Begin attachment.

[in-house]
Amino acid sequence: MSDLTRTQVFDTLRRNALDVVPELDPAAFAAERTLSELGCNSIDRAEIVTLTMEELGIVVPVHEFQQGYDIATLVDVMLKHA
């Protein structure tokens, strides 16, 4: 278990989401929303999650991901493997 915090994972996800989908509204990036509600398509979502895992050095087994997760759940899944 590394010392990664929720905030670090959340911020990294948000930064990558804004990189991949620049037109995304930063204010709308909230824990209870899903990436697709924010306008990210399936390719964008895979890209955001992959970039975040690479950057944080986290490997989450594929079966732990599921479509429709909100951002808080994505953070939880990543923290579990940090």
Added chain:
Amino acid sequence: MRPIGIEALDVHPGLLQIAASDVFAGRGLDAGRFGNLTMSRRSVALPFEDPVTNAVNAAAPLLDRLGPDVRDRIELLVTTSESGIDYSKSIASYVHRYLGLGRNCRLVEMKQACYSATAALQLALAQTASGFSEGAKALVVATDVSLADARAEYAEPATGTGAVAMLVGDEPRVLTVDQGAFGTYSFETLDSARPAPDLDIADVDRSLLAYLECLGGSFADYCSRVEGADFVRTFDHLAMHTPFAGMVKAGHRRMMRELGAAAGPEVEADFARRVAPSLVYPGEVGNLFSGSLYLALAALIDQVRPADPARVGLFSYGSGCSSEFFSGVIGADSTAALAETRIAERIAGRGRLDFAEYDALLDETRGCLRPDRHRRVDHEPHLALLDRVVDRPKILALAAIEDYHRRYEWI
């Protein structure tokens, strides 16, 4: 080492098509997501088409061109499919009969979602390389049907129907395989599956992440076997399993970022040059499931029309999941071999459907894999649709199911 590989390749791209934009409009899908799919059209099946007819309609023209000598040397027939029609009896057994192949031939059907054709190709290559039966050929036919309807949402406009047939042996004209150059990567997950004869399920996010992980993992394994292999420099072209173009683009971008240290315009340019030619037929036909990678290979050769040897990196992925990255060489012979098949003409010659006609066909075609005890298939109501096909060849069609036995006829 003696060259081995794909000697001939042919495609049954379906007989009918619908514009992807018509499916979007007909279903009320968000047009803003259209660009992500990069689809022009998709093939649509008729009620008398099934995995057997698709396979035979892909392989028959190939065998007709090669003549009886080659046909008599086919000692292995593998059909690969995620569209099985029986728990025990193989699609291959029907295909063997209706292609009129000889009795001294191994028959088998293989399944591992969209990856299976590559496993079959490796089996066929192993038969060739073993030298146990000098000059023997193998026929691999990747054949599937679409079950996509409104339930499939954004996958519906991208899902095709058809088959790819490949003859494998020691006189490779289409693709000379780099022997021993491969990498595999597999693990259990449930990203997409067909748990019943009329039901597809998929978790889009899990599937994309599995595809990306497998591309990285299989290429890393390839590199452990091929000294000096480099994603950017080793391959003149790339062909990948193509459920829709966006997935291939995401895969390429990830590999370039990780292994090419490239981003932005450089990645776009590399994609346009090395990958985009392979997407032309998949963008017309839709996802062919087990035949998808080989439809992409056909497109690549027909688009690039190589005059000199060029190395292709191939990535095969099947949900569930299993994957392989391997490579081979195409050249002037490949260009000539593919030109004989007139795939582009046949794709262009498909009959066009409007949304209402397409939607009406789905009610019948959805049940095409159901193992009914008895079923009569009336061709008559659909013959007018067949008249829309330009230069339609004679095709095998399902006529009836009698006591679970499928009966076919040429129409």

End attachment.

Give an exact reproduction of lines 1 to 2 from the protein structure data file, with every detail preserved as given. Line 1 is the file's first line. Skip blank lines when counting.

[in-house]
Amino acid sequence: MSDLTRTQVFDTLRRNALDVVPELDPAAFAAERTLSELGCNSIDRAEIVTLTMEELGIVVPVHEFQQGYDIATLVDVMLKHA